Television - Tv news and the early cold war



Although it was a novelty in the United States at the end of World War II, television became an important part of American life during the first postwar decade. Fewer than one out of ten American homes had television in 1950. Five years later the proportion had grown to two-thirds. New stations quickly took to the air and usually affiliated with one of the networks: the National Broadcasting Company (NBC), the Columbia Broadcasting System (CBS), the American Broadcasting Company (ABC), or the short-lived DuMont Television Network.

Even when the networks consisted of a handful of stations, government officials showed keen interest in using television to build public support for U.S. foreign and military policies. Public affairs officers in the State Department said they favored television because it did "a better job than any other medium at depicting foreign policy in action." The department worked with both networks and independent producers to create shows about foreign policy and world affairs or make available for telecast films that it produced itself. Among the most popular series was The Marshall Plan in Action, which premiered on ABC in June 1950 and continued under the title Strength for a Free World until February 1953. Other shows were the interview program Diplomatic Pouch (CBS) and, during the Korean War, The Facts We Face (CBS) and Battle Report—Washington (NBC). In these early days of broadcasting, the networks were eager for programming to fill up their time slots. They also took advantage of opportunities to demonstrate support for American Cold War policies, especially during the McCarthy era.

Evening newscasts became regular features during the late 1940s and early 1950s. Each network aired fifteen-minute programs. CBS and NBC expanded their shows to thirty minutes in September 1963; ABC did not do the same until January 1967. John Daly anchored the ABC broadcast during most of the 1950s. Douglas Edwards held the same position at CBS until Walter Cronkite replaced him in April 1962. The most popular news program in the early 1950s was NBC's Camel News Caravan, with host John Cameron Swayze. With a carnation in his lapel and zest in his voice, Swayze invited viewers to "go hopscotching the world for headlines." After this brisk international tour, there might be stops at a beauty pageant or a stadium for the afternoon's scores. Chet Huntley and David Brinkley succeeded Swayze in October 1956. Anchors and journalists rather than hosts, as Swayze had been, they brought greater depth to the NBC newscasts without making them solemn. They also attracted viewers because of the novelty of their pairing, the contrast in their personalities, and the familiarity of their closing—"Good night, Chet;" "Good night, David." They led the ratings until the late 1960s.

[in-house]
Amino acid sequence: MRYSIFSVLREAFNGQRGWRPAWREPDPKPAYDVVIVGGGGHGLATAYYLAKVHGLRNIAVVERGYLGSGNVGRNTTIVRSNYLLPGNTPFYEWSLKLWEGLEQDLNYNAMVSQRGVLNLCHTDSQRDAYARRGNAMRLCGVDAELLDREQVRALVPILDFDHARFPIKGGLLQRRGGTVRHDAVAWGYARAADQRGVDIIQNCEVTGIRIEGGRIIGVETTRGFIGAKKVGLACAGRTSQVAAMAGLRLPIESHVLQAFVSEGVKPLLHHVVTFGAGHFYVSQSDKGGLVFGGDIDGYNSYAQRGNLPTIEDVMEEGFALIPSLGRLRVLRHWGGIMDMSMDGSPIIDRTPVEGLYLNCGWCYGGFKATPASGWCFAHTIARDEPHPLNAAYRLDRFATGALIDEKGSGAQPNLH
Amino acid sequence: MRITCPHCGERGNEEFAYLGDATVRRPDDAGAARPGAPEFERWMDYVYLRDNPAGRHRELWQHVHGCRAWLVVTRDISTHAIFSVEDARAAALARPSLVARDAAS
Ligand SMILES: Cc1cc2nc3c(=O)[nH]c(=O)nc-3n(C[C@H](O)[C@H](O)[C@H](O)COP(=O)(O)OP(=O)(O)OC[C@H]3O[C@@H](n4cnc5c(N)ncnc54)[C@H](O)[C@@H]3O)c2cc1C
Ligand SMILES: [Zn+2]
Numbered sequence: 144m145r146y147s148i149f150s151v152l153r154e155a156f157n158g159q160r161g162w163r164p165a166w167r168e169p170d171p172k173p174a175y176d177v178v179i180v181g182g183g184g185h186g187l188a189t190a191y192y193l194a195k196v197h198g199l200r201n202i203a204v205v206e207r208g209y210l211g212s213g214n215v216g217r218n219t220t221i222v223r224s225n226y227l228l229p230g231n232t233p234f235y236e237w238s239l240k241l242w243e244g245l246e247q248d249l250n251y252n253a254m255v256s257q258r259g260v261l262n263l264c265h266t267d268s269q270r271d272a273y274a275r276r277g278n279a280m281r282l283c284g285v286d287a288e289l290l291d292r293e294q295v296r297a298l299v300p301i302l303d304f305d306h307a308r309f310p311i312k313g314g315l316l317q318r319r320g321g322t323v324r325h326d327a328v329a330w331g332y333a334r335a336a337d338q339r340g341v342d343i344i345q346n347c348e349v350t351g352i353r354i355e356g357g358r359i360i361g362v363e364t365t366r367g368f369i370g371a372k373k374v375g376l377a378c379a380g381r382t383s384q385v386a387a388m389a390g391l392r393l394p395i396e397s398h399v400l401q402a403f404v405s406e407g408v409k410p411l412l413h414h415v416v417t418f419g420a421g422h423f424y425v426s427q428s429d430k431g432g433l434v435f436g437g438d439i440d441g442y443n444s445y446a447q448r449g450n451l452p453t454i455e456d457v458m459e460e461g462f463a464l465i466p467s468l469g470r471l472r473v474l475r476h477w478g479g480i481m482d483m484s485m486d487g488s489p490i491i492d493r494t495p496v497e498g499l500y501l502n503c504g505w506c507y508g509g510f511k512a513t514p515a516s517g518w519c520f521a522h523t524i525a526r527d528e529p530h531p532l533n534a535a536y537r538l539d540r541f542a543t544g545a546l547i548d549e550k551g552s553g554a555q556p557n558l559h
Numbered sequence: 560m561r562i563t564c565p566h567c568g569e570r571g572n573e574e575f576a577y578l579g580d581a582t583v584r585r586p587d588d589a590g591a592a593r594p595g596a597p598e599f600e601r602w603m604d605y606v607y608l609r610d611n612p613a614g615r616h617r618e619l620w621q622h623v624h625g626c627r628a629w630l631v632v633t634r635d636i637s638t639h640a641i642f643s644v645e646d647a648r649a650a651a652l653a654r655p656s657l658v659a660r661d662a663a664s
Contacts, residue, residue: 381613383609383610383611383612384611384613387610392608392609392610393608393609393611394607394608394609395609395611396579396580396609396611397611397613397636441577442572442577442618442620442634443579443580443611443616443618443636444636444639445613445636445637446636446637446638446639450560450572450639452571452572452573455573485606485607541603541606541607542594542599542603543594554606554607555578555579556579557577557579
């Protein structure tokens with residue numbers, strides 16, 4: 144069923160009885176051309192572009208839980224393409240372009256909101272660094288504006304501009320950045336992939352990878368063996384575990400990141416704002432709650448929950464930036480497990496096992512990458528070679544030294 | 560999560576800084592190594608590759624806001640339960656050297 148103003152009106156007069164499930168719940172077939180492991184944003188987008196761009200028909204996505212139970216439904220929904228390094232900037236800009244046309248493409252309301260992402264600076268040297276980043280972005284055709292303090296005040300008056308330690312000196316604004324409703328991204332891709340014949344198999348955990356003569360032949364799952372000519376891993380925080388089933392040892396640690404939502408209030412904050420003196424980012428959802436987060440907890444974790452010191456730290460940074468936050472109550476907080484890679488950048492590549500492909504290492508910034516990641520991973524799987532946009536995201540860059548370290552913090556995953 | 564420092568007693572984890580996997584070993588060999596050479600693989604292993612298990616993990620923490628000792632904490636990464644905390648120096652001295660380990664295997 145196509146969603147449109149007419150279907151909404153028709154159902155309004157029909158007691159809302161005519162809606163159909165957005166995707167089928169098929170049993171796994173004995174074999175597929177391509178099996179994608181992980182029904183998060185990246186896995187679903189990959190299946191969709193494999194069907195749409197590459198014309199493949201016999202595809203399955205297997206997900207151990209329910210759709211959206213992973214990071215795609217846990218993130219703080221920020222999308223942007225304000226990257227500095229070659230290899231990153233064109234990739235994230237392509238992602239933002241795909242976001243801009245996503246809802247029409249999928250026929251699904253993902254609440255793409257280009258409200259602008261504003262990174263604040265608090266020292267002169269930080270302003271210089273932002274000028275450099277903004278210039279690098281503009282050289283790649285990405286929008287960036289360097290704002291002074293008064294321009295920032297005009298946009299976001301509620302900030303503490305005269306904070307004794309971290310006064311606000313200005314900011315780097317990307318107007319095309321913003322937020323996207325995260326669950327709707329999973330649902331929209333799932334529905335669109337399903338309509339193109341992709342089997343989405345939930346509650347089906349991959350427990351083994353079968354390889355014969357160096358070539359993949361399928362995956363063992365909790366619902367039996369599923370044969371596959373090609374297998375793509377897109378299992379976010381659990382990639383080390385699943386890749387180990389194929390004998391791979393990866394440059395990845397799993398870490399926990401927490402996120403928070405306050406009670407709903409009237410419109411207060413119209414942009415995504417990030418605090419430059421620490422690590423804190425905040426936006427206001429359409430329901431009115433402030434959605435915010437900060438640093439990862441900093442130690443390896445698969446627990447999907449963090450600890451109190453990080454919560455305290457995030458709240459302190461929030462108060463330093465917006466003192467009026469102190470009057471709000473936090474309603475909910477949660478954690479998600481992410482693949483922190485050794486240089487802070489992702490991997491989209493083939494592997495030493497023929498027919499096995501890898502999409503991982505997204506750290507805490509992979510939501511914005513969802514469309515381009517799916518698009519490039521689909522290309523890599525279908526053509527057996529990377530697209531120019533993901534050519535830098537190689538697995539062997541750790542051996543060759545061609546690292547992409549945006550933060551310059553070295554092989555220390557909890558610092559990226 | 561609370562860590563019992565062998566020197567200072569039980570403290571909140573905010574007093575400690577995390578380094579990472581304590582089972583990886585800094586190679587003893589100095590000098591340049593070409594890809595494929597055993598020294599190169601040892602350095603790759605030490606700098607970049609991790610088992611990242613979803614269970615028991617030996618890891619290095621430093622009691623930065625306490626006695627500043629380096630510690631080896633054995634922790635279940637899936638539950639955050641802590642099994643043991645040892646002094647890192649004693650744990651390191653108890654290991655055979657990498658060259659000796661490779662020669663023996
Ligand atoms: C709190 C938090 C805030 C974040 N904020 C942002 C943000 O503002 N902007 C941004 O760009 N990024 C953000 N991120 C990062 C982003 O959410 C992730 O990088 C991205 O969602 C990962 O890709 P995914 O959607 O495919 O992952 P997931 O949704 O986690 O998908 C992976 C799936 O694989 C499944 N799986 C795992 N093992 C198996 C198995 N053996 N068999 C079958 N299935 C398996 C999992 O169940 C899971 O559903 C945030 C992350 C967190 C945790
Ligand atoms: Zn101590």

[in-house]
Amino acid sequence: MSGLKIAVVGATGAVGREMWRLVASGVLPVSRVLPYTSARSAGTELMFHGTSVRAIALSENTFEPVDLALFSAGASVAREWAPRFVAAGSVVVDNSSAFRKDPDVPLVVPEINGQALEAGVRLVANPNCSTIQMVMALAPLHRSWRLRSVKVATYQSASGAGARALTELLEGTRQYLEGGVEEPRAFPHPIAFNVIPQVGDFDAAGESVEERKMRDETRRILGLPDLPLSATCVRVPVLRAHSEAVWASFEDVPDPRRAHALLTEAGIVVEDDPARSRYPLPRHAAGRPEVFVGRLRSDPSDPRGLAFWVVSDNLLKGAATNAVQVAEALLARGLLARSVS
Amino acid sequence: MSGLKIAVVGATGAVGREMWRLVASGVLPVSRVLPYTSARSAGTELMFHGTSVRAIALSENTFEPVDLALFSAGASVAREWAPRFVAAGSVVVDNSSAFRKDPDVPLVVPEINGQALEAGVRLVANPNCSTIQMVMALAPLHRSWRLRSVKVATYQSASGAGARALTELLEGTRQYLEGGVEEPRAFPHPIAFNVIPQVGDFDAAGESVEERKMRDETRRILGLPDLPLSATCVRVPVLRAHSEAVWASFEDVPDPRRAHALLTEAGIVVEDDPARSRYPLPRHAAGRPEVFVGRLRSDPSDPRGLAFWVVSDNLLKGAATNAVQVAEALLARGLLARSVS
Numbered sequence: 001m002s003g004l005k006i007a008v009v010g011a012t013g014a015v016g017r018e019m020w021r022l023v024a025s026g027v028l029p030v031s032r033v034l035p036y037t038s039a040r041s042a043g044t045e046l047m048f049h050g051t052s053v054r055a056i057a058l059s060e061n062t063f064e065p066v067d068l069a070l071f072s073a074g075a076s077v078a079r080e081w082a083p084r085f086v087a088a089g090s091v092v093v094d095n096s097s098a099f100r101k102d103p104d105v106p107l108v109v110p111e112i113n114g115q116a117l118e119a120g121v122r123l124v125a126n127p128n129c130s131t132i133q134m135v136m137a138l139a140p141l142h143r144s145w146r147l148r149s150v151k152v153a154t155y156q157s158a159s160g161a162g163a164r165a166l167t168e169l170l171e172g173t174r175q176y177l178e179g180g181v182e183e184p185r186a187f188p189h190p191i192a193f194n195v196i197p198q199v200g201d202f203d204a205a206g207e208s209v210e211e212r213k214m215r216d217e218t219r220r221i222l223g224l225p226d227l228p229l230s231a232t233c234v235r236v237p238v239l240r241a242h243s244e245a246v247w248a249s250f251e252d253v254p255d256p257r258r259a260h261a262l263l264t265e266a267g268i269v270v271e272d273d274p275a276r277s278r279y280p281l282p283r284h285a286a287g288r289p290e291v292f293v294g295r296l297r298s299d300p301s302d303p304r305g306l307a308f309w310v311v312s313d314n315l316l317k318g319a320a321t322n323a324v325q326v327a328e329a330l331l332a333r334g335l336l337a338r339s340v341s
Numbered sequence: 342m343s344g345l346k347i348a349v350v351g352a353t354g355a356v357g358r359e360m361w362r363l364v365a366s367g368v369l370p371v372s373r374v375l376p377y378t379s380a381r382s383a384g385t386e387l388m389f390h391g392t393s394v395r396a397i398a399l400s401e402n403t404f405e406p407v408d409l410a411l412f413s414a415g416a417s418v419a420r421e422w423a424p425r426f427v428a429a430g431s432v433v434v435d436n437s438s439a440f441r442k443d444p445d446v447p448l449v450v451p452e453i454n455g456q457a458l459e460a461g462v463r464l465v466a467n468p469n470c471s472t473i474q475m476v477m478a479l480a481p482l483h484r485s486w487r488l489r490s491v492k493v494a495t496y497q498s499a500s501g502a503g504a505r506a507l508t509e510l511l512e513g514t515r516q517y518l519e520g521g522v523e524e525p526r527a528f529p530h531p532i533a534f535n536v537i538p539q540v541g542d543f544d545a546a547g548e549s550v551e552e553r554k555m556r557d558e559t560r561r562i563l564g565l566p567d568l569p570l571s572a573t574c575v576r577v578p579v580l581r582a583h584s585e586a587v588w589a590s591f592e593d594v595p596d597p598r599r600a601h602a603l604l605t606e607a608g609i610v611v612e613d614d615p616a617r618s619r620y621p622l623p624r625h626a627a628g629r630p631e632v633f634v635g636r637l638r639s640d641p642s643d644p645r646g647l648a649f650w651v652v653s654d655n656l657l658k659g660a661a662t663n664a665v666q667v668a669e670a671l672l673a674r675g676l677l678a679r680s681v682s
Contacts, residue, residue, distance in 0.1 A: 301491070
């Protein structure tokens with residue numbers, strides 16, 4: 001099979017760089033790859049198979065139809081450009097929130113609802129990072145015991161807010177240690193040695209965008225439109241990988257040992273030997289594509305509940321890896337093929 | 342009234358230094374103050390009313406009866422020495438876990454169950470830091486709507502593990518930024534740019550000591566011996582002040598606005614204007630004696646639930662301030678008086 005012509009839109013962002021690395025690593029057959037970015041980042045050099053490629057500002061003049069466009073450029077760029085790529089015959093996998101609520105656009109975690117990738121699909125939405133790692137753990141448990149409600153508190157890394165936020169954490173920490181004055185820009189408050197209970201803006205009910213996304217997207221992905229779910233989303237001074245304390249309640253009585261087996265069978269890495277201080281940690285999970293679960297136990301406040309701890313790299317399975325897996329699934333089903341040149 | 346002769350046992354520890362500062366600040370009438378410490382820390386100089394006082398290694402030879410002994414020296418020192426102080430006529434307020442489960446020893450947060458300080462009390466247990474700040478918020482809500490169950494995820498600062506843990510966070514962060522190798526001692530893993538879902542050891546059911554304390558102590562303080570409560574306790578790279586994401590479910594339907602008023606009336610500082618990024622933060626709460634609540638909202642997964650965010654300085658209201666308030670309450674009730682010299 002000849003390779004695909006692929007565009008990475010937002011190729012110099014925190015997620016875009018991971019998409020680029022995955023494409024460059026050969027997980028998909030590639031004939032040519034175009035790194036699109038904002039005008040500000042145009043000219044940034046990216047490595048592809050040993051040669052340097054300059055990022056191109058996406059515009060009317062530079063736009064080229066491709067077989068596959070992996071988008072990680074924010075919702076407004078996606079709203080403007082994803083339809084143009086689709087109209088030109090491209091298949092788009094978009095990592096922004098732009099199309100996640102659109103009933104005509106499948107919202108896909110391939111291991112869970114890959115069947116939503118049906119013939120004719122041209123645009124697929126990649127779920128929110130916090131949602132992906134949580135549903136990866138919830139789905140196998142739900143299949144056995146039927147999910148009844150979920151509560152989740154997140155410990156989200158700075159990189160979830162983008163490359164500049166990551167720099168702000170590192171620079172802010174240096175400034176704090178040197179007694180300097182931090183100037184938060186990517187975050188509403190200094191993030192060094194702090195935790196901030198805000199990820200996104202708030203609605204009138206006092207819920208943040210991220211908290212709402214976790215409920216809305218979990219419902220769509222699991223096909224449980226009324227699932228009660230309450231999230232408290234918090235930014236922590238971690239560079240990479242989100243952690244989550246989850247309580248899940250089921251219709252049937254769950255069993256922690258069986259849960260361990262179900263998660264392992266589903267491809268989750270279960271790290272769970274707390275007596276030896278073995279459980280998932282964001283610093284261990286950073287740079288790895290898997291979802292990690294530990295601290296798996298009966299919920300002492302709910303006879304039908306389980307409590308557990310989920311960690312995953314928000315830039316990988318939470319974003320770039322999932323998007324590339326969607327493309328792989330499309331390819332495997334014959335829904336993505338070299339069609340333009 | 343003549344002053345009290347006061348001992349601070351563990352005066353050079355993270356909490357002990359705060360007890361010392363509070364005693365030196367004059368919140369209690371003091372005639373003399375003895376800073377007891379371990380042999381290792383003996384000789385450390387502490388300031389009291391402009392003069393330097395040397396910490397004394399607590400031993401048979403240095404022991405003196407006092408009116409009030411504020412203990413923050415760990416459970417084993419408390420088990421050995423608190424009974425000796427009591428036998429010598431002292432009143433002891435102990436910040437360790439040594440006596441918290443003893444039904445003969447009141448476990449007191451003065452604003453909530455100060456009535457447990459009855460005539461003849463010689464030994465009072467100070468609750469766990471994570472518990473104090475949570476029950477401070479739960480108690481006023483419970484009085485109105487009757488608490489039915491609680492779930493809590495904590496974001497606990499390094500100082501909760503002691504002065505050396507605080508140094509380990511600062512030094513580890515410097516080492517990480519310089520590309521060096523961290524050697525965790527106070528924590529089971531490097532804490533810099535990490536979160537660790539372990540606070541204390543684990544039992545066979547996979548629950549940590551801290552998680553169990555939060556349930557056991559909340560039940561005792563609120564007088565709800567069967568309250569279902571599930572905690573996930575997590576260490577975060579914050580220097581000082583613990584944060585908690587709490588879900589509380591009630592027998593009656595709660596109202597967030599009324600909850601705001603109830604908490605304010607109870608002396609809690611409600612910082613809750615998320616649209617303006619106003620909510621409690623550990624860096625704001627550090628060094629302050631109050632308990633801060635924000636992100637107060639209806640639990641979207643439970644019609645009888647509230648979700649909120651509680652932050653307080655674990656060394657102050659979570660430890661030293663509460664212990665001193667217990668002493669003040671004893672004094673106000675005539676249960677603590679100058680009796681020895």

International news was important on each of these programs, yet there were difficulties in covering distant stories, especially on film. Fifteen minutes (less time for commercials, lead-in, and closing) allowed coverage of only a few stories and little time for analysis. Cumbersome and complicated cameras and sound equipment made film reports difficult. Before the beginning of satellite communication in the 1960s, it might take a day or two for film from international locations to get on the air. Despite these limitations, the audience for these newscasts grew steadily. By 1961 surveys showed that the public considered television the "most believable" source of news. Two years later, for the first time, more people said that they relied on television rather than newspapers for most of their news.

Many viewers watched in utter astonishment on 22 October 1962, when President John F. Kennedy informed them about Soviet missiles in Cuba and the possibility of nuclear war. Soviet diplomats got a copy of the speech only an hour before Kennedy went before the cameras. The president's decision to make his demand for the removal of the missiles on television made compromise on this fundamental issue all but impossible. Kennedy spoke directly to Soviet premier Nikita Khrushchev, calling on him to step back from the nuclear brink. It was an extremely skillful use of television as a medium of diplomatic communication. The crisis dominated TV news coverage until its end six days later. The reporting surely influenced public attitudes, but it probably had little direct effect on Kennedy's advisers. Secretary of Defense Robert S. McNamara later revealed that he did not watch television even once during the thirteen days of the Cuban Missile Crisis. Yet during the growing difficulties in Vietnam, Kennedy, his advisers, and those who succeeded them in the White House paid close attention to television news.



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